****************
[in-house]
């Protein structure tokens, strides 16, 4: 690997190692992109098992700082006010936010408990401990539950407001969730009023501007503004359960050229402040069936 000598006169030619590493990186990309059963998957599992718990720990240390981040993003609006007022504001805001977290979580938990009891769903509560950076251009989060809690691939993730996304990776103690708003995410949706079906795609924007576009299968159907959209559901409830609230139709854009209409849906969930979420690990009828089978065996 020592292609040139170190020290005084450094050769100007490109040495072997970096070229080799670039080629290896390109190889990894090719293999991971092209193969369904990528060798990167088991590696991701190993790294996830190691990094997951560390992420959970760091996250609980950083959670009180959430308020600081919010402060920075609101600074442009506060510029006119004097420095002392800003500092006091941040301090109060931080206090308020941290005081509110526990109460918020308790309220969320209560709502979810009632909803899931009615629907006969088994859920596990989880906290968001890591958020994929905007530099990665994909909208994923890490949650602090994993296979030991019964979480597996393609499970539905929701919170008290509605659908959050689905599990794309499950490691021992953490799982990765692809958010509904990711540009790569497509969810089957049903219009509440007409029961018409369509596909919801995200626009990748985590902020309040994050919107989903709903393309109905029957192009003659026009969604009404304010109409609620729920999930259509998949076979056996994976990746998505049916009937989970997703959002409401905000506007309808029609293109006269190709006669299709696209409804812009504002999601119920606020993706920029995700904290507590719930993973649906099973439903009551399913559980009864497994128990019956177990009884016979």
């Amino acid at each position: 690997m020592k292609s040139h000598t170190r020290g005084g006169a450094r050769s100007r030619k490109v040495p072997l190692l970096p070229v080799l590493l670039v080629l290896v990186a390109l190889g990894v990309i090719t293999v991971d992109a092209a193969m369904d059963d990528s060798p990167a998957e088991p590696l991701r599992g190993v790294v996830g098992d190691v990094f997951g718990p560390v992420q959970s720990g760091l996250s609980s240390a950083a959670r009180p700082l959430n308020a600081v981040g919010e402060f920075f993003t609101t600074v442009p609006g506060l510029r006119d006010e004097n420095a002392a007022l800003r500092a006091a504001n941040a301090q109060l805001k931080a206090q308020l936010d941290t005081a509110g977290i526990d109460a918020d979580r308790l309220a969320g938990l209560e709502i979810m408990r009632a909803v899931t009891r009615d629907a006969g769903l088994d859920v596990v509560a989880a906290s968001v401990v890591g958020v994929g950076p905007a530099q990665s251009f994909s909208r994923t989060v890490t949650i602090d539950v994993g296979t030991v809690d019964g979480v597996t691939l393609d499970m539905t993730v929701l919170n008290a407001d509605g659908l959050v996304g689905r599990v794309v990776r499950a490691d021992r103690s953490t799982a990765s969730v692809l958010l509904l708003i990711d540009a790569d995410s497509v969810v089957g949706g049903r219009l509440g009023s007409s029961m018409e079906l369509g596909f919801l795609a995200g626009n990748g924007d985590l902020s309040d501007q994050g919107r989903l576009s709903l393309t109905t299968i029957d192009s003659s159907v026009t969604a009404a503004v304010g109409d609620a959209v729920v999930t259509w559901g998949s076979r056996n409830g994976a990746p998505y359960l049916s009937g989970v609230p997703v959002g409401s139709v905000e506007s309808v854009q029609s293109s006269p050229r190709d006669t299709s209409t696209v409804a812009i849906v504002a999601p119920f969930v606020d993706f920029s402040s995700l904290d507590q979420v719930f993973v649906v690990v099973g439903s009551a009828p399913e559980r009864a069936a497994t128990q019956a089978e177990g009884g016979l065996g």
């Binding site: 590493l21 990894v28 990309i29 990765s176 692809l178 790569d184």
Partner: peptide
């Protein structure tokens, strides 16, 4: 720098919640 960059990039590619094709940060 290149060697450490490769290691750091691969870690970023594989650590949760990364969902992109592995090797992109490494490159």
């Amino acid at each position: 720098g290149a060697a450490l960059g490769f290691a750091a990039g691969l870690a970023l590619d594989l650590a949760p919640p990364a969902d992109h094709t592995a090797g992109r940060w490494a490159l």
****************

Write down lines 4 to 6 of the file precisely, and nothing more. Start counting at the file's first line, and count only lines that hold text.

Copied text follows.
């Binding site: 590493l21 990894v28 990309i29 990765s176 692809l178 790569d184």
Partner: peptide
């Protein structure tokens, strides 16, 4: 720098919640 960059990039590619094709940060 290149060697450490490769290691750091691969870690970023594989650590949760990364969902992109592995090797992109490494490159």